Prevention key to containing bird flu in Southern African countries

The spread of highly pathogenic strains of avian influenza in Africa is of concern for the World Organisation for Animal Health (OIE).

“In Africa, for some time now the disease was in north and West-Africa, but in late January, the H5N8 strain spread to Uganda, hence causing more fears of possible spread to Southern Africa,” said Dr Moetapele Letshwenyo, OIE representative for Southern Africa.

According to Letshwenyo, there are fears that the pathogenic strains (H5 and H7) might spread because of the presence of migratory birds.

Figures from the OIE show the most frequent subtype of the highly pathogenic strains in Europe, H5N8, has led to the death of large numbers of poultry in Europe. 24 countries are still trying to contain the illness.

Outside of Europe a total of nine countries have reported H5N8 strains since 2016. The strain is also still not contained in countries like China, Chinese Taipei, Egypt, Israel, Kuwait, Nigeria, Tunisia and Uganda.

African fears

Letshwenyo said it’s important to prevent the illness from crossing borders. In the worst cases the disease leads to people losing their livelihoods and eventually causing food insecurity and poverty.

“Poultry meat is a relatively cheaper source of protein affordable to most people, compared to other sources like beef. This will reverse all the gains that have been achieved towards the achievement of sustainable development goals,” Letshwenyo said.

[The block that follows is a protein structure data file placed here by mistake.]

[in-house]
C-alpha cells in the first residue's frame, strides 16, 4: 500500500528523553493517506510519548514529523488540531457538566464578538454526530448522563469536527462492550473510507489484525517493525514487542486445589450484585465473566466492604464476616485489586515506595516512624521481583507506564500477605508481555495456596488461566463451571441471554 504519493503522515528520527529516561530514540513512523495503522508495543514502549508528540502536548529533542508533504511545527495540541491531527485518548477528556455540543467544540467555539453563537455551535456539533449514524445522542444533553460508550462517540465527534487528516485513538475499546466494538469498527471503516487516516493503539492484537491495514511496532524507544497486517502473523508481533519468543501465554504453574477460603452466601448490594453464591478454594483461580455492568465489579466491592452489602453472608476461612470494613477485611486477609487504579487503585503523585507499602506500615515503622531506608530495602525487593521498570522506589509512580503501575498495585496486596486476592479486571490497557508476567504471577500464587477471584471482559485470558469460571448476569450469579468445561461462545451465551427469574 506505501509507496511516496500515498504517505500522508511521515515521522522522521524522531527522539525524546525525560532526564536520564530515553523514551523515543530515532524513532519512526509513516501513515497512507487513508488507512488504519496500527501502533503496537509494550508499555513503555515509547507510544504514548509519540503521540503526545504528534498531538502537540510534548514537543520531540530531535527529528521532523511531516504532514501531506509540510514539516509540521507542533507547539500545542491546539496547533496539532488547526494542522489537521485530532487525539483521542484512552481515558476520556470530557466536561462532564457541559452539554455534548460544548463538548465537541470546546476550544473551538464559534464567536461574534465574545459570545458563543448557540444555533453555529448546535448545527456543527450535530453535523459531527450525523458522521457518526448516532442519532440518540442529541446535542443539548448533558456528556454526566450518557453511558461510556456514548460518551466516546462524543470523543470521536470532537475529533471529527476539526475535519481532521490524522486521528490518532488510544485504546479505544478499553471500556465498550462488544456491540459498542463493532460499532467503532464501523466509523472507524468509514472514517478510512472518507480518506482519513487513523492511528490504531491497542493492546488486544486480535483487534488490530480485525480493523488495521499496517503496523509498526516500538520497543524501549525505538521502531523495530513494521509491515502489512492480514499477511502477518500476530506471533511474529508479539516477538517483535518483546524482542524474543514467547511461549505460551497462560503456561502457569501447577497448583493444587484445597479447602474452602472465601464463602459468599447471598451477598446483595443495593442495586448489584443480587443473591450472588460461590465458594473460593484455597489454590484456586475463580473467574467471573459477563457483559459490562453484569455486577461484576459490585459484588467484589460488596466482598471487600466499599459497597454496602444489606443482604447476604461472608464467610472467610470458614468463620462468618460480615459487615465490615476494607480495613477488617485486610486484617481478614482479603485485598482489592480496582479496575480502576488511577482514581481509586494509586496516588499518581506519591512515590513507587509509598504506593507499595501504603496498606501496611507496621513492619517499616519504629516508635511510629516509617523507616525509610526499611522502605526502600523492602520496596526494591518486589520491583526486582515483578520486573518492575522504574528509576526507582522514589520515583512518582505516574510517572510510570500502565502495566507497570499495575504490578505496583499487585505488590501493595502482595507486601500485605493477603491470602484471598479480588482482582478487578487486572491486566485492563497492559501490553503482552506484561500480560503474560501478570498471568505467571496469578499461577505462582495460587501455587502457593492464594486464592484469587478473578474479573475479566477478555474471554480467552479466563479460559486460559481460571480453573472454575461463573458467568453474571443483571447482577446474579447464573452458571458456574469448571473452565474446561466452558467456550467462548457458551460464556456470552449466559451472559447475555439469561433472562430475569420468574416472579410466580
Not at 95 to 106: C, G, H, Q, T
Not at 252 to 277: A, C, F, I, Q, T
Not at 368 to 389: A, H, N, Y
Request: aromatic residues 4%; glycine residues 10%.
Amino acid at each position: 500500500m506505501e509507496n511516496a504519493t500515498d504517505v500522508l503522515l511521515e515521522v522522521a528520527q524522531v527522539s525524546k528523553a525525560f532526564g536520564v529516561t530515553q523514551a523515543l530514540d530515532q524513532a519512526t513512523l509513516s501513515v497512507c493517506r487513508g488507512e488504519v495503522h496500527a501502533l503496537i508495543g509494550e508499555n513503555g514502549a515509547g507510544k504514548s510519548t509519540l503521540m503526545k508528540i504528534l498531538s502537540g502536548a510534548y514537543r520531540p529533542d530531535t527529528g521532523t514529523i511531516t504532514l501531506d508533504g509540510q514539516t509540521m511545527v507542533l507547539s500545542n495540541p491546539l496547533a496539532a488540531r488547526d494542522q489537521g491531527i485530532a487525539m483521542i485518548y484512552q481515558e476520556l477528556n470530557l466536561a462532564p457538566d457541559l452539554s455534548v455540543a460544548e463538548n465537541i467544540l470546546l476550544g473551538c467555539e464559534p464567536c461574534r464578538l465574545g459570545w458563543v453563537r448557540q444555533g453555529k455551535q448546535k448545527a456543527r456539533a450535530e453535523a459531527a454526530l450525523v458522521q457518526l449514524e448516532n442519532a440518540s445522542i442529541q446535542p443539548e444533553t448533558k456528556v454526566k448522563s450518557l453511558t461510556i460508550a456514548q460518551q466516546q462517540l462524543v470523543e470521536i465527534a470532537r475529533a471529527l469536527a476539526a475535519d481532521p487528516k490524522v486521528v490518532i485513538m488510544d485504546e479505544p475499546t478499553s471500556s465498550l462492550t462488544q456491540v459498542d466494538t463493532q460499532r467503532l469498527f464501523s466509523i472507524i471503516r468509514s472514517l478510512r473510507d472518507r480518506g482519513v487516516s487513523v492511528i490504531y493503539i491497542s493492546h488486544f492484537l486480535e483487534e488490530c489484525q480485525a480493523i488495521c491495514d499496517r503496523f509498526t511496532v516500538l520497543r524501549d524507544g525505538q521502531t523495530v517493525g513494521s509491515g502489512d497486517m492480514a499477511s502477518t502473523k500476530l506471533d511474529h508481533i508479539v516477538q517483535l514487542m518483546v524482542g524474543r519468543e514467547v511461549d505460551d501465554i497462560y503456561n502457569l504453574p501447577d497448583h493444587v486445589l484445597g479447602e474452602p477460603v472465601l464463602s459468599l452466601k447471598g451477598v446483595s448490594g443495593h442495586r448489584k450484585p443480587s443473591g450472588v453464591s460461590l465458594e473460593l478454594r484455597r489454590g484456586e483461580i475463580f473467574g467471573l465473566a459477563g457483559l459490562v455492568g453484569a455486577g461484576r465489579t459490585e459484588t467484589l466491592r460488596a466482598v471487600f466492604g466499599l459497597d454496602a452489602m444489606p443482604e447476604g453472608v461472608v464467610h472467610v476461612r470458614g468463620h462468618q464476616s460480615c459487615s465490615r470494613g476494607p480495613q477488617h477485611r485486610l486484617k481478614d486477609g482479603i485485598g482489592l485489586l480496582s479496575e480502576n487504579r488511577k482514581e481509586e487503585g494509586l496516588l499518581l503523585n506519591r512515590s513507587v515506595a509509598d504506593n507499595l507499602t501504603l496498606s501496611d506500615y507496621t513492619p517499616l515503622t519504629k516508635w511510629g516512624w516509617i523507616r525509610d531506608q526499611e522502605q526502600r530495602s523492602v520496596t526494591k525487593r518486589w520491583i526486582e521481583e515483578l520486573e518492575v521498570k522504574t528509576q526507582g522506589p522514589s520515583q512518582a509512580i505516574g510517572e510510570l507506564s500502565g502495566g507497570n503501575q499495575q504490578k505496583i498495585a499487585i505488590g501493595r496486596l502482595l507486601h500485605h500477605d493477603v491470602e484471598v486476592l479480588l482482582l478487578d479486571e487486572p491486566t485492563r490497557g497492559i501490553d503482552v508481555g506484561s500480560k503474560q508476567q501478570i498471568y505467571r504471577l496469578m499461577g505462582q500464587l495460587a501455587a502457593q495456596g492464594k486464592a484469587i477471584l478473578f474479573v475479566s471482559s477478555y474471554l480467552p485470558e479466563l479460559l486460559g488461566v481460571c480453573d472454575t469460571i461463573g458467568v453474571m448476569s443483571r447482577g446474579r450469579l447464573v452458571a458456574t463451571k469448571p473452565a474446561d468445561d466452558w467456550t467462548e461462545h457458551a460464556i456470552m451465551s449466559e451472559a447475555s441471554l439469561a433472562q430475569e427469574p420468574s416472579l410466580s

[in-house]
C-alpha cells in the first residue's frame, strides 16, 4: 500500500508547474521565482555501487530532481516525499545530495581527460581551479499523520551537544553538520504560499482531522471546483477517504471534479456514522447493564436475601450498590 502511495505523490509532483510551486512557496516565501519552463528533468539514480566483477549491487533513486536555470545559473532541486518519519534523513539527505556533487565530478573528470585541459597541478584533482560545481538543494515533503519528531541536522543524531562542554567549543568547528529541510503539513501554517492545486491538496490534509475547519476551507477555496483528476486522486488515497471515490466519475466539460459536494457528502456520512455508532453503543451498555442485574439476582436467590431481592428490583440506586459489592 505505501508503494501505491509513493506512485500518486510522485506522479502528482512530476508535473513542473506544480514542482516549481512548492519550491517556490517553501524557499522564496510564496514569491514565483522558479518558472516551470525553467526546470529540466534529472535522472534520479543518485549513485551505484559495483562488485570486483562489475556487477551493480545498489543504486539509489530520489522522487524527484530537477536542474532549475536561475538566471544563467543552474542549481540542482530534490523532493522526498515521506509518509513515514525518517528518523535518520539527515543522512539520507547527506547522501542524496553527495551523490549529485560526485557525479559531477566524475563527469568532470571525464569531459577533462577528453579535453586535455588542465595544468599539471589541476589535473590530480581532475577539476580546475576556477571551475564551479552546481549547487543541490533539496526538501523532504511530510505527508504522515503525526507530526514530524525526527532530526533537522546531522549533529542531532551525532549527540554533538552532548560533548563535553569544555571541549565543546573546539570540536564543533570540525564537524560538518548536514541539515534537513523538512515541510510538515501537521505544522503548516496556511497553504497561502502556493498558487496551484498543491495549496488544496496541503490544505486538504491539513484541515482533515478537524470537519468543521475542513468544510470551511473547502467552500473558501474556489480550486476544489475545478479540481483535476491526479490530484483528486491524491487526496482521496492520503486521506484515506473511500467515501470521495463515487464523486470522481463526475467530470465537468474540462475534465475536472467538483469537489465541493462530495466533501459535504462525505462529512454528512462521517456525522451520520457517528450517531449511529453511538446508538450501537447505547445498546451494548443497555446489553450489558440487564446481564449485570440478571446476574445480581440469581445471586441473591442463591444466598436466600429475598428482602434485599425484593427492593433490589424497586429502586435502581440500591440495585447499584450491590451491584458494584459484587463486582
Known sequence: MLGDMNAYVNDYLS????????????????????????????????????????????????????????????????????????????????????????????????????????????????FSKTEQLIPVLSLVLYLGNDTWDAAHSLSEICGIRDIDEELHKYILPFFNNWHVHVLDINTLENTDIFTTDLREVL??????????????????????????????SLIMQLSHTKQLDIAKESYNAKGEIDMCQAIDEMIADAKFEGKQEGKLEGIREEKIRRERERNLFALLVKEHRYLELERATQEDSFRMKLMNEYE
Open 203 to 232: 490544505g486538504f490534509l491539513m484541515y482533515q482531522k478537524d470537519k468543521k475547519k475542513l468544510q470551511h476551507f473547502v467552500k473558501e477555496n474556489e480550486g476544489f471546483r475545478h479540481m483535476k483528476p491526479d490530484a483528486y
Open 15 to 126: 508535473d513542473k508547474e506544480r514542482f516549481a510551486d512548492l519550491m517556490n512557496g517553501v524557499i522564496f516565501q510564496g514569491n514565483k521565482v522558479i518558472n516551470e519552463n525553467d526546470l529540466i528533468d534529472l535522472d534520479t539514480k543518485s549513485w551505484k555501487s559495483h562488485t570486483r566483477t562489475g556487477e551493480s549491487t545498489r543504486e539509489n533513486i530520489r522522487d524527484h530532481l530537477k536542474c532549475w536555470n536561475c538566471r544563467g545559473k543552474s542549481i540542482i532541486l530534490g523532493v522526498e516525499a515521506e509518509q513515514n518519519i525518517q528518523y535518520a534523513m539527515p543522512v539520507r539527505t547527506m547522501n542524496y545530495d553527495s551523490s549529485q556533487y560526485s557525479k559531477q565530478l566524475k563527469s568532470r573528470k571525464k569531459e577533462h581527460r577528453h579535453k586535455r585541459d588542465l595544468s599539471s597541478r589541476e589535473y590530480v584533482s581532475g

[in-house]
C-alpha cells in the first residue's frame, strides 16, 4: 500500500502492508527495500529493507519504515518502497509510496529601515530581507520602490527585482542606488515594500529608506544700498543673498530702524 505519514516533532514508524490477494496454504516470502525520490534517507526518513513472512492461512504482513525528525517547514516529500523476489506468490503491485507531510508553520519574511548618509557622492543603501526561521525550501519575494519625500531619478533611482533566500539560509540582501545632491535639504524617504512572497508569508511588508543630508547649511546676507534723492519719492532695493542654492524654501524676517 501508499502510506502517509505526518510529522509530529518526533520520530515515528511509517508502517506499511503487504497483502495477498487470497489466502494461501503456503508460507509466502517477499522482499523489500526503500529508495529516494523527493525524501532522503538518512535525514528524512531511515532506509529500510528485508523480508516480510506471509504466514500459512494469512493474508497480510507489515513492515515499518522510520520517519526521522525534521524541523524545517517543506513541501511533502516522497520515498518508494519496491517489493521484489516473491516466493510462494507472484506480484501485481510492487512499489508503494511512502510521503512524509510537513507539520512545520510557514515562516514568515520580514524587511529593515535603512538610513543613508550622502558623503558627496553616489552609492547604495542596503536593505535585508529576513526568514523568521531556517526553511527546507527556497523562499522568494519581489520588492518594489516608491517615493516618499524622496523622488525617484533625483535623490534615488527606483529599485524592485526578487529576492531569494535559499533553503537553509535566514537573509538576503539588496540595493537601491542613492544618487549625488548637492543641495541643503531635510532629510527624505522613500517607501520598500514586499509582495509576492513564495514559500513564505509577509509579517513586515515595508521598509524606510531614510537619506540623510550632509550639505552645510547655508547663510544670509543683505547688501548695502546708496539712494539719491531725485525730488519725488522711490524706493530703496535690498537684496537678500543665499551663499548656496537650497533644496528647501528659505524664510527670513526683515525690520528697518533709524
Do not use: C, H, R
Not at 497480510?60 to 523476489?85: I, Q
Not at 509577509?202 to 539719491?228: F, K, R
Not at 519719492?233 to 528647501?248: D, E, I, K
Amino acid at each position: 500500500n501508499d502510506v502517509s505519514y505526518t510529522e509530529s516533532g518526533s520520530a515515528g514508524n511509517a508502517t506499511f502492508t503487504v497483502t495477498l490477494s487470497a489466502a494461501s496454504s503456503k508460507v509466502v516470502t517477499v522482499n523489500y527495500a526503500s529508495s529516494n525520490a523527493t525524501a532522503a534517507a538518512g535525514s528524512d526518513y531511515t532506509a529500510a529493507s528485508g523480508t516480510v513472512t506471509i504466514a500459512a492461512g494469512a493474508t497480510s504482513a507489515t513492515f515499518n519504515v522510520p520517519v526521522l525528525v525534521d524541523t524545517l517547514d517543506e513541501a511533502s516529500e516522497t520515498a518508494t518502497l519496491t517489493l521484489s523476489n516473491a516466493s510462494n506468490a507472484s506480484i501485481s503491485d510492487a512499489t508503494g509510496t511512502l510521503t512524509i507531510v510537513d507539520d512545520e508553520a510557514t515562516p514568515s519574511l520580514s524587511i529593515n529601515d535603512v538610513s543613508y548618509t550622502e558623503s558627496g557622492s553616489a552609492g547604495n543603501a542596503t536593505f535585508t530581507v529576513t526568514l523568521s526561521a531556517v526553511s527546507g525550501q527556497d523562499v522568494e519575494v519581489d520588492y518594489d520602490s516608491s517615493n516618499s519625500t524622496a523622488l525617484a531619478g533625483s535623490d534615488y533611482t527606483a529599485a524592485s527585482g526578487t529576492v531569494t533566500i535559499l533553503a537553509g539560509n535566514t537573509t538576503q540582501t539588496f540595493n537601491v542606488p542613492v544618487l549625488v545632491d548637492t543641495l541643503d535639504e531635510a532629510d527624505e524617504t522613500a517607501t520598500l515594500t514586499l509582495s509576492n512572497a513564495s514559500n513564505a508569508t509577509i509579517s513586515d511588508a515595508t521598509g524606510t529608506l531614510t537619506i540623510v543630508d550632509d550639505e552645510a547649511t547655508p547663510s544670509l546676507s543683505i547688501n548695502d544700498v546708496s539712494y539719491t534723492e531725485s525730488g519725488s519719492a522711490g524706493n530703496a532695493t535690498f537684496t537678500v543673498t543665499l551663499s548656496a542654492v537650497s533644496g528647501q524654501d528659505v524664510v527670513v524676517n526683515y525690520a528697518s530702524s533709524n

He said factors that might enhance the spread in Africa are the presence of susceptible animals, low bio-security on smallholder bird farms and open live markets. Most of the countries are also on the routes of migratory wild birds.

The warmer African climate, however, does make it more difficult for the virus to survive.

Regional preparedness

Letshwenyo was a speaker at a regional conference on the spread of pests held in the Zimbabwean capital Harare, last week. The spread of deadly strains of bird flu was one of the key issues discussed.

He said in 2005/6 a similar scare about the spread of pathogenic strains into the region led to an action plan which had to help increase readiness for similar situations.

Letshwenyo said one of the aims of the meeting was to revisit and revive the plans to enhance preparedness and to focus on preventing, rather than handling the disease in Southern Africa.

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